[Numpy-discussion] backwards compatibility and deprecation policy NEP

Nathaniel Smith njs at pobox.com
Tue Jul 24 23:07:58 EDT 2018

On Sun, Jul 22, 2018 at 12:28 PM, Ralf Gommers <ralf.gommers at gmail.com> wrote:
> On Sat, Jul 21, 2018 at 7:15 PM, Nathaniel Smith <njs at pobox.com> wrote:
>> Speaking of examples: I hate to say this because in general I think
>> using examples is a great idea. But... I think you should delete most
>> of these examples. The problem is scope creep: the goal for this NEP
>> (IMO) should be to lay out the principles we use to think about these
>> issues in general, but right now it comes across as trying to lay down
>> a final resolution on lots of specific issues (including several where
>> there are ongoing conversations). It ends up like trying to squish
>> multiple NEPs into one, which makes it hard to discuss, and also
>> distracts from the core purpose.
> I'm not sure this is the best thing to do. I can remove a couple, but aiming
> to be "totally uncontroversial" is almost impossible given the topic of the
> NEP.

Of course the NEP itself will have some things to discuss – but I
think the discussion will be more productive if we can stay focused on
the core part of the NEP, which is the general principles we use to
evaluate each specific situation as it comes up. Look at how much of
the discussion so far has gotten derailed onto topics like
subclassing, submodules, etc.

> The diag view example is important I think, it's the second most
> discussed backwards compatibility issue next to histogram. I'm happy to
> remove the statement on what should happen with it going forward though.

It's the most discussed issue because it was the test case where we
developed all these policies in the first place :-). I'm not sure it's
particularly interesting aside from that, and that specific history
("let's come up with a transition plan for this feature that no-one
actually cares about, b/c no-one cares about it so it's a good thing
to use as a test case") is unlikely to be repeated.

> Then, I think it's not unreasonable to draw a couple of hard lines. For
> example, removing complete submodules like linalg or random has ended up on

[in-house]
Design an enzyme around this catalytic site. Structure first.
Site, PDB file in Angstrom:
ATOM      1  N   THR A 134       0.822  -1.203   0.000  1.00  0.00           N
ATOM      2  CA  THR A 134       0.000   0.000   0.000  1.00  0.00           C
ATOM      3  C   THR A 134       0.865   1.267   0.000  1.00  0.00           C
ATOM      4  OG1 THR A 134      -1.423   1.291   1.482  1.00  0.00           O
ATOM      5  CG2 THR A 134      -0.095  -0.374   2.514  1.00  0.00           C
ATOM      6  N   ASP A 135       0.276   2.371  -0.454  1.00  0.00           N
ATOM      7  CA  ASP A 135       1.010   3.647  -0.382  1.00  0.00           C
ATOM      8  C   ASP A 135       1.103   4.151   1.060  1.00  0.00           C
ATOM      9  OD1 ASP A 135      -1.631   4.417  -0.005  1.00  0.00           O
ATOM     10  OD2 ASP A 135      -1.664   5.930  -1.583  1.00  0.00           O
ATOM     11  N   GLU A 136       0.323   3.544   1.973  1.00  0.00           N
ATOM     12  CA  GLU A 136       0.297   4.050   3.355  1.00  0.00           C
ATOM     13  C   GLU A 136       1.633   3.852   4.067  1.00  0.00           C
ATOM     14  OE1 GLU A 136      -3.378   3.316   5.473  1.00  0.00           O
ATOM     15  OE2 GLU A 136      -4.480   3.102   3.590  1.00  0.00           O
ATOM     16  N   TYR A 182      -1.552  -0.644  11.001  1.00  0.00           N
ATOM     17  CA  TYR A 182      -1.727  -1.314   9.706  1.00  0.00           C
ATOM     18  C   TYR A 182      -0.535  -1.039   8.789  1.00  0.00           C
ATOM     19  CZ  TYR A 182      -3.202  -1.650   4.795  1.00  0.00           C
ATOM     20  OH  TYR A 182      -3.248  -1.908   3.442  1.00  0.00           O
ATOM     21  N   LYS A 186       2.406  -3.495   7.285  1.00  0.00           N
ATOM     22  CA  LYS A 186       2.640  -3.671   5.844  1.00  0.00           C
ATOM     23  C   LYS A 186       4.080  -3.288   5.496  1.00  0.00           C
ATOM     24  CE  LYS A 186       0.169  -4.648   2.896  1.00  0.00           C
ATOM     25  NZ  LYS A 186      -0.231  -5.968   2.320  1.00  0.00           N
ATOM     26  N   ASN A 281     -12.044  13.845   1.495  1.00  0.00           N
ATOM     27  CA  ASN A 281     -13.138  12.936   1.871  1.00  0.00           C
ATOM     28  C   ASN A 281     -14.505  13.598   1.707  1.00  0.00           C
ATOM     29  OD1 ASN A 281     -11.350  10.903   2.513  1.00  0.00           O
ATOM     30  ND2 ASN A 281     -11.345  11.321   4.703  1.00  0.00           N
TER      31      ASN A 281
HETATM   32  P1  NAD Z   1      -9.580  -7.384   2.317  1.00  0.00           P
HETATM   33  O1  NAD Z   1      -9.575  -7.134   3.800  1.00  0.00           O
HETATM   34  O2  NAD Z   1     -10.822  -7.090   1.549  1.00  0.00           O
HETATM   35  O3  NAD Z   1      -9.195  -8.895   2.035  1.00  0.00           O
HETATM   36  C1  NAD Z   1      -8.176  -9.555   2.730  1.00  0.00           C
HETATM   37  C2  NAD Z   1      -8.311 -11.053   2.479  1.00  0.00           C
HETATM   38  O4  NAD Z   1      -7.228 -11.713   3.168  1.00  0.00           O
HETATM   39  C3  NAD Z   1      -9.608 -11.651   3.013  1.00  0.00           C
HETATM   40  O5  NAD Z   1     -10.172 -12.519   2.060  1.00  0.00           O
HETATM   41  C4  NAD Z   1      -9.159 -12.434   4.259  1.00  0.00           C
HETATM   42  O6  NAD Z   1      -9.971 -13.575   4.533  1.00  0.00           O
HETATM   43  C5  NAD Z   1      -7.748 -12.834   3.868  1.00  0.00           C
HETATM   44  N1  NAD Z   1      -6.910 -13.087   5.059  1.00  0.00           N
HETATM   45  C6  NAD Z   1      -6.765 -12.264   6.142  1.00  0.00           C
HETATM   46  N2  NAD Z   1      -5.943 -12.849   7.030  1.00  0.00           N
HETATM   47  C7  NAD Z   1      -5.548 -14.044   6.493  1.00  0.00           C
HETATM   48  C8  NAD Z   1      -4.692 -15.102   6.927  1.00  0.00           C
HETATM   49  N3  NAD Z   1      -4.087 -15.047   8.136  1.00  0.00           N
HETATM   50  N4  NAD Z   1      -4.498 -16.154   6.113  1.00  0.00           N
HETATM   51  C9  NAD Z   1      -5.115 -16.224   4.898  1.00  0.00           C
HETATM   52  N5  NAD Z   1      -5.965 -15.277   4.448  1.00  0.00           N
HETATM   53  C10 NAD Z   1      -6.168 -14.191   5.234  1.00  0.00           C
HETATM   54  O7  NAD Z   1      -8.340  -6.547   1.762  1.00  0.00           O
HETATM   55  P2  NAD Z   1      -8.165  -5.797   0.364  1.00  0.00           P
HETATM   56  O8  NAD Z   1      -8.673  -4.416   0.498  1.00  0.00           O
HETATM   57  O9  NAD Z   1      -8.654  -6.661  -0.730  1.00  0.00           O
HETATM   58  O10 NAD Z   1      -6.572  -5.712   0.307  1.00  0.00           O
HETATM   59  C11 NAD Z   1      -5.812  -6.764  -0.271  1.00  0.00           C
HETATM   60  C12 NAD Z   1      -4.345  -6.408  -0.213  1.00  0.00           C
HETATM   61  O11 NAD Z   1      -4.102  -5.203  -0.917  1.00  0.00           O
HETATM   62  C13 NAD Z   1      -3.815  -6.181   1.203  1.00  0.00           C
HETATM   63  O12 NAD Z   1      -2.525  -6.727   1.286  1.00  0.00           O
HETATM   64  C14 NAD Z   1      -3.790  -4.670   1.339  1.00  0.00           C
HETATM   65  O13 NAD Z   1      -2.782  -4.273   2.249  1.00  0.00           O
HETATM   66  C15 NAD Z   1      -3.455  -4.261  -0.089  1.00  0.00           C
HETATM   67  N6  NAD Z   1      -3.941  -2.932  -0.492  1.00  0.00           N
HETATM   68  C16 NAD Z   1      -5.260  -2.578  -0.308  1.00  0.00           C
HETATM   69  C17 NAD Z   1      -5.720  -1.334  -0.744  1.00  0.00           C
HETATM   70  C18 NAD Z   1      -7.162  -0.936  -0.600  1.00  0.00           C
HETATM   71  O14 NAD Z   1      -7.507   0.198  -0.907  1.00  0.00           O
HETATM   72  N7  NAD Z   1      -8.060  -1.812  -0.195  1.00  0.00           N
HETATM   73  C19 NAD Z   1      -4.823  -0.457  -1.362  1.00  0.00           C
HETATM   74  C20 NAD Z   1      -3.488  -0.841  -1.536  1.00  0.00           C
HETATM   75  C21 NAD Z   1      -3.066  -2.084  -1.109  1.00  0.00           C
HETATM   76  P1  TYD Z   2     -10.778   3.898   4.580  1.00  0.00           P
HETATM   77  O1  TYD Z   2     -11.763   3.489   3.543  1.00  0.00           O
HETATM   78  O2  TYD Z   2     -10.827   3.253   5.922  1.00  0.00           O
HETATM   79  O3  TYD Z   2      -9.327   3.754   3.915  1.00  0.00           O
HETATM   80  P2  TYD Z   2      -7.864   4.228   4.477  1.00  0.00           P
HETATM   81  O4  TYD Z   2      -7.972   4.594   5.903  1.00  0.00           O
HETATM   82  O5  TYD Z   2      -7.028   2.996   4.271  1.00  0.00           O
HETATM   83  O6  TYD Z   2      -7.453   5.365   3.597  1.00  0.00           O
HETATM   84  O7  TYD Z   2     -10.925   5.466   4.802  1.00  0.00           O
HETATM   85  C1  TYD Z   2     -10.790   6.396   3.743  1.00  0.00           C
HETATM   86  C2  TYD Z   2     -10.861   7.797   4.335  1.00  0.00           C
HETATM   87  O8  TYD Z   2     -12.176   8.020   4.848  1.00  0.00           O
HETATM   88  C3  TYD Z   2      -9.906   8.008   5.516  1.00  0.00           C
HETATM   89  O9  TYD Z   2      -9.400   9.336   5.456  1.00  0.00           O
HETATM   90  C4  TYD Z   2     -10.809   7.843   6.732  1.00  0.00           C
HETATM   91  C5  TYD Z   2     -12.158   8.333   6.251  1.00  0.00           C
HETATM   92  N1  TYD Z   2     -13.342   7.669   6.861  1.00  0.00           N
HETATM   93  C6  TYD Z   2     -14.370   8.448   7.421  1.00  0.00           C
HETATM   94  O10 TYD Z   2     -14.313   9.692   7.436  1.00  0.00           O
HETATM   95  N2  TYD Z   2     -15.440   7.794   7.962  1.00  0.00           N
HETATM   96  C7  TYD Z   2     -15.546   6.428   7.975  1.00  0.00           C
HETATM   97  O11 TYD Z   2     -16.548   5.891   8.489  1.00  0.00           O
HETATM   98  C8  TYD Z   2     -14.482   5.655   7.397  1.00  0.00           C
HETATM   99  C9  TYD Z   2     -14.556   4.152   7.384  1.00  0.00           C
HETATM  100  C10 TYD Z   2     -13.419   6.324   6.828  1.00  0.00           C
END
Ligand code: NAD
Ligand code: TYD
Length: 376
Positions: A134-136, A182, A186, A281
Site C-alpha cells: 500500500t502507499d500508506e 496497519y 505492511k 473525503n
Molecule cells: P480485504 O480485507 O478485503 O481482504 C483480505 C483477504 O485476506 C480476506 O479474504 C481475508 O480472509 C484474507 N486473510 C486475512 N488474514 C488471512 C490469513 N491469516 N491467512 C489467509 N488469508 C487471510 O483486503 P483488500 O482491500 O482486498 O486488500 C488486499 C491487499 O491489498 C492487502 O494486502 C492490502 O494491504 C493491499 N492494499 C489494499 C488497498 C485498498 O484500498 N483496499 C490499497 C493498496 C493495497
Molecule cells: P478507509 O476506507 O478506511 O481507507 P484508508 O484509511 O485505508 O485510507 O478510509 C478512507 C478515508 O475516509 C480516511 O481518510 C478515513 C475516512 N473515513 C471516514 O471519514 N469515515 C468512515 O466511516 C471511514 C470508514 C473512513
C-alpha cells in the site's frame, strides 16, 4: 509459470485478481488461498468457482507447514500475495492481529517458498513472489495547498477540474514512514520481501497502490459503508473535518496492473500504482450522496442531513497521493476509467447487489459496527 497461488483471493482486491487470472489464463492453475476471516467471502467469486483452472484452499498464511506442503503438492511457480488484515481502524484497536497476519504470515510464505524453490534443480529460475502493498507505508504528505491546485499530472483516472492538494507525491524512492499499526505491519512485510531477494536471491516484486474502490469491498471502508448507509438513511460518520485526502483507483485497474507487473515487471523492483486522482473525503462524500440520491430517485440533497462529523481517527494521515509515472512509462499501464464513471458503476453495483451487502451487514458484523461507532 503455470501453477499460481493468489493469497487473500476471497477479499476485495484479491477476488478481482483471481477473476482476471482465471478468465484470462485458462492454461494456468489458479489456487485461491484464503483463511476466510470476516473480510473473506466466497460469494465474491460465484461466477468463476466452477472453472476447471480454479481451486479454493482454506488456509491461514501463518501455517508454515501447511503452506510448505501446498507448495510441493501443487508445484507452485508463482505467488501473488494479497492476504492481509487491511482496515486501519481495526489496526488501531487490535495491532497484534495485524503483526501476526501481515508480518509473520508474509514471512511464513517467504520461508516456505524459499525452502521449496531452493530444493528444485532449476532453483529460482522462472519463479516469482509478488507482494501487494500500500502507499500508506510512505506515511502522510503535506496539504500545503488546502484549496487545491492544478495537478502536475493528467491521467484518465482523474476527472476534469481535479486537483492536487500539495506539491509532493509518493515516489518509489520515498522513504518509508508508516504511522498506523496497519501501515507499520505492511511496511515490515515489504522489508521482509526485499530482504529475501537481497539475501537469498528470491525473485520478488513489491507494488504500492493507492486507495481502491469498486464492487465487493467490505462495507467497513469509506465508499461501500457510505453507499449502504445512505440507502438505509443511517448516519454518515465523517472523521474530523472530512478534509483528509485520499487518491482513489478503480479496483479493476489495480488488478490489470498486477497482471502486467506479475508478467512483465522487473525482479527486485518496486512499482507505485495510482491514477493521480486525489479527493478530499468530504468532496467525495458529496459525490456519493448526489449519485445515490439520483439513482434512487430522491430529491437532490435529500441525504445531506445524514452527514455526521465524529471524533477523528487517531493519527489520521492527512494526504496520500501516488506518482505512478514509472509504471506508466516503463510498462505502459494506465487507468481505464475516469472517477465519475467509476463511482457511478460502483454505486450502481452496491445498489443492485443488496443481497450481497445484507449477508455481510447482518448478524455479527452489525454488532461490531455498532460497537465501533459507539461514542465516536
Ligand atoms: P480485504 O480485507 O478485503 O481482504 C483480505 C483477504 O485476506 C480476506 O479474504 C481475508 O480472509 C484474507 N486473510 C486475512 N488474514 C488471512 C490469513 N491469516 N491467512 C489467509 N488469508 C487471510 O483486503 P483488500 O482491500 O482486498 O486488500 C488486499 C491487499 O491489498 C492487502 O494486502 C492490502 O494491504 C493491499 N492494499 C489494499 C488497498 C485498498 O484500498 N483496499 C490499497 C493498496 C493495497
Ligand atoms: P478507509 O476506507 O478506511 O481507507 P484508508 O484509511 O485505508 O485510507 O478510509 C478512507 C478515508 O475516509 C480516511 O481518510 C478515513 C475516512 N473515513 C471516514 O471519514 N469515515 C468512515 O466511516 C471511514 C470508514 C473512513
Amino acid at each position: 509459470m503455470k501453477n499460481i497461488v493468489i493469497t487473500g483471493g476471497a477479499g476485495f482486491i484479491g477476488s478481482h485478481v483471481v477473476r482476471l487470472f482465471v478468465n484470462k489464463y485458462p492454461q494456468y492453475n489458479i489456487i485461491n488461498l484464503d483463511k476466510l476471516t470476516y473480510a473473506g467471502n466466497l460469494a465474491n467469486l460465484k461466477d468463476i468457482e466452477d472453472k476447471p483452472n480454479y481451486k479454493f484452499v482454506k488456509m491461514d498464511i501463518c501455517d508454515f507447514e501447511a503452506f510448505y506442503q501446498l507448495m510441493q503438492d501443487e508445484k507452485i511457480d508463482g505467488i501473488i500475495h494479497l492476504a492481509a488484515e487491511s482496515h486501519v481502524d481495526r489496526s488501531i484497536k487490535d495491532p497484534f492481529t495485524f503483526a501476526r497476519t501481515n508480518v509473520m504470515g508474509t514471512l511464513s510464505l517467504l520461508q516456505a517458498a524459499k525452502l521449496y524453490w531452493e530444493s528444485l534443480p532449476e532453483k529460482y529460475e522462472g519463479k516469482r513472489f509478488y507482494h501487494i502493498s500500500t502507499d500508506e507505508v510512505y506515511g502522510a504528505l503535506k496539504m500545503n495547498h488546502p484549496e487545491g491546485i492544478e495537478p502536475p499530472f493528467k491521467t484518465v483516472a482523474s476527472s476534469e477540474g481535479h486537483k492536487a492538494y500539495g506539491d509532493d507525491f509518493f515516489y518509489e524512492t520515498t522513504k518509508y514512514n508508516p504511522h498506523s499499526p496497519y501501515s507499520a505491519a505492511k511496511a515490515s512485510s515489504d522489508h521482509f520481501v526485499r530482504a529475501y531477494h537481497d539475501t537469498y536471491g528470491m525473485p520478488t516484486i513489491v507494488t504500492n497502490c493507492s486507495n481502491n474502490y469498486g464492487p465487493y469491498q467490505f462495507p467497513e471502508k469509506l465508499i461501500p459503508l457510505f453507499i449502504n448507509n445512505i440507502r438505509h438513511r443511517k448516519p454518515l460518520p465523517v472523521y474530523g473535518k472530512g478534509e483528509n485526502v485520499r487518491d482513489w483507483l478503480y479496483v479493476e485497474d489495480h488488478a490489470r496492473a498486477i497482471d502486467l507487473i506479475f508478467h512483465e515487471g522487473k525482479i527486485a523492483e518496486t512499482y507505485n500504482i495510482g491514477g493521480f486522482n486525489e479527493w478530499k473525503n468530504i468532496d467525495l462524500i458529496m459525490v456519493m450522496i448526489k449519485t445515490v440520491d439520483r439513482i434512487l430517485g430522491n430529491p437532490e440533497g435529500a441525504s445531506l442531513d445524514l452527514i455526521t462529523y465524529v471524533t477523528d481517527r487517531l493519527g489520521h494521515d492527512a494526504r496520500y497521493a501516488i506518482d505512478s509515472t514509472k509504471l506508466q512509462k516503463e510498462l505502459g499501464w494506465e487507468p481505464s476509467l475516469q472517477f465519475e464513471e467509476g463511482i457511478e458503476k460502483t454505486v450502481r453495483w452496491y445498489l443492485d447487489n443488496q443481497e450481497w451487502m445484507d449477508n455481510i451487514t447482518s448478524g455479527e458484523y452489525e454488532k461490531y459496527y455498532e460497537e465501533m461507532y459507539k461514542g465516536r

> some draft brainstorm roadmap list because someone (no idea who) put it
> there after a single meeting. Clearly the cost-benefit of that is such that
> there's no point even discussing that more, so I'd rather draw that line
> here than every time someone open an issue. Very recent example:
> https://github.com/numpy/numpy/issues/11457 (remove auto-import of
> numpy.testing).

I can see an argument for splitting random and linalg into their own
modules, which numpy depends on and imports so that existing code
doesn't break. E.g. this might let people install an old version of
random if they needed to reproduce some old results, or help us merge
numpy and scipy's linalg modules into a single package. I agree though
that making 'np.linalg' start raising AttributeError is a total

>> Regarding the major version number thing: ugh do we really want to
>> talk about this more. I'd probably leave it out of the NEP entirely.
>> If it stays in, I think it needs a clearer description of what counts
>> as a "major" change.
> I think it has value to keep it, and that it's not really possible to come
> up with a very clear description of "major". In particular, I'd like every
> deprecation message to say "this deprecated feature will be removed by
> release X.Y.0". At the moment we don't do that, so if users see a message
> they don't know if a removal will happen next year, in the far future (2.0),
> or never. The major version thing is quite useful to signal our intent.
> Doesn't mean we need to exhaustively discuss when to do a 2.0 though, I
> agree that that's not a very useful discussion right now.

The problem is that "2.0" means a lot of different things to different
people, not just "some future date to be determined", so using it that
way will confuse people. Also, it's hard to predict when a deprecation
will actually happen... it's very common that we adjust the schedule
as we go (e.g. when we try to remove it and then discover it breaks
everyone so we have to put it back for a while).

I feel like it would be better to do this based on time -- like say
"this will be removed <today + 1 year>" or something, and then it
might take longer but not shorter?

Re: version numbers, I actually think numpy should consider switching
to calver [1]. We'd be giving up on being able to do a "2.0", but
that's kind of a good thing -- if a change is too big to handle
through our normal deprecation cycle, then it's probably too big to
handle period. And "numpy 2018.3" gives you more information than our
current scheme -- for example you could see at a glance that numpy
2012.1 is super out-of-date, and we could tell people that numpy
2019.1 will drop python 2 support.

...But that's a whole other discussion, and we shouldn't get derailed
onto it here in this NEP's thread :-).

[1] https://calver.org/


Nathaniel J. Smith -- https://vorpus.org

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